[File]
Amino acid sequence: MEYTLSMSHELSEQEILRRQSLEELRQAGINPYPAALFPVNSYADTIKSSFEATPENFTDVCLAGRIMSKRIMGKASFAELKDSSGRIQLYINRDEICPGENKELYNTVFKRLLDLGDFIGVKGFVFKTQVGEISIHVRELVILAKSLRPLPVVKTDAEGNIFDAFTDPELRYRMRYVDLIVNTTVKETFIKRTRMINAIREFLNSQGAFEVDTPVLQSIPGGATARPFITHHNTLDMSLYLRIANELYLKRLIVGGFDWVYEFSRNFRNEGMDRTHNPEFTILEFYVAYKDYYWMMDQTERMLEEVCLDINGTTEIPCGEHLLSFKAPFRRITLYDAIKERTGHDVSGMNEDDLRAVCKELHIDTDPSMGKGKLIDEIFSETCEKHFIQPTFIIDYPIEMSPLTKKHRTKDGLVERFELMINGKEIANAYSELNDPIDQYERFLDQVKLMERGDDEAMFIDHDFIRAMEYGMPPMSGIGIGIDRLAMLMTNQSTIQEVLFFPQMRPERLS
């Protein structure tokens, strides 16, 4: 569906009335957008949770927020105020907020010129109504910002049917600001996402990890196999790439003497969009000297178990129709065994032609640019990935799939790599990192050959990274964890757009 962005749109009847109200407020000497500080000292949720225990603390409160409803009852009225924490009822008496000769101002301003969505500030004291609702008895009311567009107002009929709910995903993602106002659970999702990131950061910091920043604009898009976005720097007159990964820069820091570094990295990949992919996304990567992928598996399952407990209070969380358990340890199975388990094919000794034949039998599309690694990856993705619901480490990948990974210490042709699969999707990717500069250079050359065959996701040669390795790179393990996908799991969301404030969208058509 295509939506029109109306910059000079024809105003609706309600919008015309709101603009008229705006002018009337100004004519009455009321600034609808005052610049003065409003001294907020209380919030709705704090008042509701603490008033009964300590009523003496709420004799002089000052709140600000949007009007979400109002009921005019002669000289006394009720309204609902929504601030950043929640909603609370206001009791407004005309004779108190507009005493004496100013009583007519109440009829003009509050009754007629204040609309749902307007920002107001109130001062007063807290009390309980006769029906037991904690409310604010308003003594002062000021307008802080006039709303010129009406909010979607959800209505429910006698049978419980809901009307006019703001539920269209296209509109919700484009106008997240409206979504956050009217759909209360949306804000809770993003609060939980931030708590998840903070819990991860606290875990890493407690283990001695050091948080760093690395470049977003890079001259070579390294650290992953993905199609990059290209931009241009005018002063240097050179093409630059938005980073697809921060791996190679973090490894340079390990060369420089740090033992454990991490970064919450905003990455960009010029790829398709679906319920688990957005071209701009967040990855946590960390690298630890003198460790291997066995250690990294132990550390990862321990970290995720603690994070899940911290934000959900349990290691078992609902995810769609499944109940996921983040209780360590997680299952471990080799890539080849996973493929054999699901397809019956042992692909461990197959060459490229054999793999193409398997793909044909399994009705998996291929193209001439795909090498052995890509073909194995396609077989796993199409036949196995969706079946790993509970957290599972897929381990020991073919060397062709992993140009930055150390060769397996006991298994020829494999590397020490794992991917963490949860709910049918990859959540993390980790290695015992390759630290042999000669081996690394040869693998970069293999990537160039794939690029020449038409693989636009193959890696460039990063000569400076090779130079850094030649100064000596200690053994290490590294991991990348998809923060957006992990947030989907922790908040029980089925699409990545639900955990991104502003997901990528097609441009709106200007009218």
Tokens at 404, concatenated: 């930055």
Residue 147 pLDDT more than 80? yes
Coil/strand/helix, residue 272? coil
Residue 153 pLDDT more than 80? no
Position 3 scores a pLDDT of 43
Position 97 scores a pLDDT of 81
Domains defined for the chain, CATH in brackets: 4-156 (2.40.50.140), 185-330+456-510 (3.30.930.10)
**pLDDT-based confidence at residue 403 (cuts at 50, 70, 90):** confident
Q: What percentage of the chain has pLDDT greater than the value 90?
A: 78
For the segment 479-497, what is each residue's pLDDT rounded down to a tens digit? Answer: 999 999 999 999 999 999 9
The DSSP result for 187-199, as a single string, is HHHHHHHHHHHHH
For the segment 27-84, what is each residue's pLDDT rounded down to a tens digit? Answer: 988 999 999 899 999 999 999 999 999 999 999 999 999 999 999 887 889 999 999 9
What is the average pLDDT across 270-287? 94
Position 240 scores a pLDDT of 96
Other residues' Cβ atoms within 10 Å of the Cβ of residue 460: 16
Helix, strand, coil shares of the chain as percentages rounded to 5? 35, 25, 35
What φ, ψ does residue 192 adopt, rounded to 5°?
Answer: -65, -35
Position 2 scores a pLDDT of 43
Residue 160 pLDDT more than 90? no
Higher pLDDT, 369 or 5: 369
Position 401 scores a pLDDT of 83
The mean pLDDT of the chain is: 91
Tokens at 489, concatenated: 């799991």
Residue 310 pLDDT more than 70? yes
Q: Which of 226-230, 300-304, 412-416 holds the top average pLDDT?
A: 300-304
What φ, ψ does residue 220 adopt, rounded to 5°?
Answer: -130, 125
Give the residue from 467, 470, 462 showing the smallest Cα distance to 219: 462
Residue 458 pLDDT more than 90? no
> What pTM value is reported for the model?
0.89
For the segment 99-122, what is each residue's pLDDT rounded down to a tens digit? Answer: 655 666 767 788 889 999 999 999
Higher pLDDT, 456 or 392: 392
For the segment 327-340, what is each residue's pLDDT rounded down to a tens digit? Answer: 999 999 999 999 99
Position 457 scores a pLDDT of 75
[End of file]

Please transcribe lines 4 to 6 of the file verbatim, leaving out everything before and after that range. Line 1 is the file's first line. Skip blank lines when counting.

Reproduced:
Residue 147 pLDDT more than 80? yes
Coil/strand/helix, residue 272? coil
Residue 153 pLDDT more than 80? no